What you need to know
- Microsoft is ending support for Windows Server 2012 on October 10, 2023.
- Recommended next steps include transitioning to Windows Server 2022 or purchasing Extended Security Updates (ESUs) for Windows Server 2012.
- ESUs include three additional years of security updates, renewable annually until October 13, 2026.
- Admins that transition their databases and applications to Azure Virtual Machines will access free ESUs for three years after the end of the support date.
October is fast approaching, which will mark Microsoft ending its support for Windows Server 2012. This shouldn't be a surprise, as Microsoft had already issued a reminder at the beginning of this year. The statement explains that extended support for all Windows Server 2012 and Windows Server 2012 R2 editions is set to end on October 10, 2023.
Windows Server 2012 ended its mainstream support date in 2018. Still, Microsoft decided to carry the date forward to provide users ample time to transition to supported Windows Server versions.
Microsoft will no longer provide security or non-security updates, bug fixes, technical support, or online technical content updates for these Windows Server versions after October 10. If you continue using these unsupported versions well beyond this point, you'll no longer receive technical support from Microsoft, which may have a negative impact on the stability of any outdated servers.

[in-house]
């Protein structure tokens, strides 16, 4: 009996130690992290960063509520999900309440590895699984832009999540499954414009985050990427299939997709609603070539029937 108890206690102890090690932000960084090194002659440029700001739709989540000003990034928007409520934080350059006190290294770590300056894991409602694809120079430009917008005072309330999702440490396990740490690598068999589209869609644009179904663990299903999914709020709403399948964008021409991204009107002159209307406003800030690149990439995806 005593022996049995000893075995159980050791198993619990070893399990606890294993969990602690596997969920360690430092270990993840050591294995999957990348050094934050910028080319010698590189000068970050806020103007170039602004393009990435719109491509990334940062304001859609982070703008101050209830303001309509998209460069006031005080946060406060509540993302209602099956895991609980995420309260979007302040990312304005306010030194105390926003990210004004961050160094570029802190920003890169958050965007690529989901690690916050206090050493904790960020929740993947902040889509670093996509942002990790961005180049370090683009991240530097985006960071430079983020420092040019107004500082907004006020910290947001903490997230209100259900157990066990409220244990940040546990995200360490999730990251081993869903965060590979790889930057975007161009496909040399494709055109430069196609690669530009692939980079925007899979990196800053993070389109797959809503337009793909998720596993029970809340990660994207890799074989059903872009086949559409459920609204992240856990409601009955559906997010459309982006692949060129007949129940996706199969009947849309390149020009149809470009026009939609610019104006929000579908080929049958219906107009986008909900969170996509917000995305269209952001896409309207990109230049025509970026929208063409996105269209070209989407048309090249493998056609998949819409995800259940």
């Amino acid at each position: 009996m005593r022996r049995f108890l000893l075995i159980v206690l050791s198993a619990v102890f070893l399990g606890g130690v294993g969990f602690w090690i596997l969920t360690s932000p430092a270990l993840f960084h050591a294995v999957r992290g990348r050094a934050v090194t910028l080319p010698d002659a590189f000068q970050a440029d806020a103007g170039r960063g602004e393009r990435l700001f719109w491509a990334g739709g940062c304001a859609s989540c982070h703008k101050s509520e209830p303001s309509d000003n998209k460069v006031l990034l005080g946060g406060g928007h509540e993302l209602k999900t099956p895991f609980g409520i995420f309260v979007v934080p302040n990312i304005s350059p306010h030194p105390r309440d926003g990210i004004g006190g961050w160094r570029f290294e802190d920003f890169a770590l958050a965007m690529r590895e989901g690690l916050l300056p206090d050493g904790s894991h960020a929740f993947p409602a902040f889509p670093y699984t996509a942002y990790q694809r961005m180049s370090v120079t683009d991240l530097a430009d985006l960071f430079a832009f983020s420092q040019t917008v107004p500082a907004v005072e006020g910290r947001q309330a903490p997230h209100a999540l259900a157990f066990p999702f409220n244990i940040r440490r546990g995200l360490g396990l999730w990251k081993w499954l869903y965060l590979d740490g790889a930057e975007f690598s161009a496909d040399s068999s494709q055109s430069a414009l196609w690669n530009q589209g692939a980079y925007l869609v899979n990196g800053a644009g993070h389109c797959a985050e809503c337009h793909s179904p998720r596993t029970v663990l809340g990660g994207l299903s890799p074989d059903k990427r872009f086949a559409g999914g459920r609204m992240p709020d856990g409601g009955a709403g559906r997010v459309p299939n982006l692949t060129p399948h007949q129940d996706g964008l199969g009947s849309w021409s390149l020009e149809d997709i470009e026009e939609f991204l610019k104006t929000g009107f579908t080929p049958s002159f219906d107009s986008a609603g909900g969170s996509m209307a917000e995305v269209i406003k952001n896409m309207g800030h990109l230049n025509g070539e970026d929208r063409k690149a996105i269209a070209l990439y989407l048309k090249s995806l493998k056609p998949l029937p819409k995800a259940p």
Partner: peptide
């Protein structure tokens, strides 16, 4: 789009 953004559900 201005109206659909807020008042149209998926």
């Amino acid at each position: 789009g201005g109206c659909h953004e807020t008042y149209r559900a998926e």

Windows Server 2008/R2 Extended Security Updates (ESUs) hit its end-of-support date earlier this year, on January 10, 2023.
Advice for server admins
Following this change, Microsoft recommends transitioning to Windows Server 2022 or purchasing Extended Security Updates (ESUs). This will help admins keep their on-premises Windows Server 2012 servers running and ensure that they continue receiving technical support.
Those who follow the Extended Security Updates route will get three more years of security updates support, renewable every year until October 13, 2026. Alternatively, users can transition their databases and applications to Azure Virtual Machines. This will allow the admins to access free ESUs for three years after the end of the support date.
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Kevin Okemwa is a seasoned tech journalist based in Nairobi, Kenya with lots of experience covering the latest trends and developments in the industry. With a passion for innovation and a keen eye for detail, he has written for leading publications such as OnMSFT, MakeUseOf, and Windows Report, providing insightful analysis and breaking news on everything revolving around the Microsoft ecosystem. While AFK and not busy following the ever-emerging trends in tech, you can find him exploring the world or listening to music.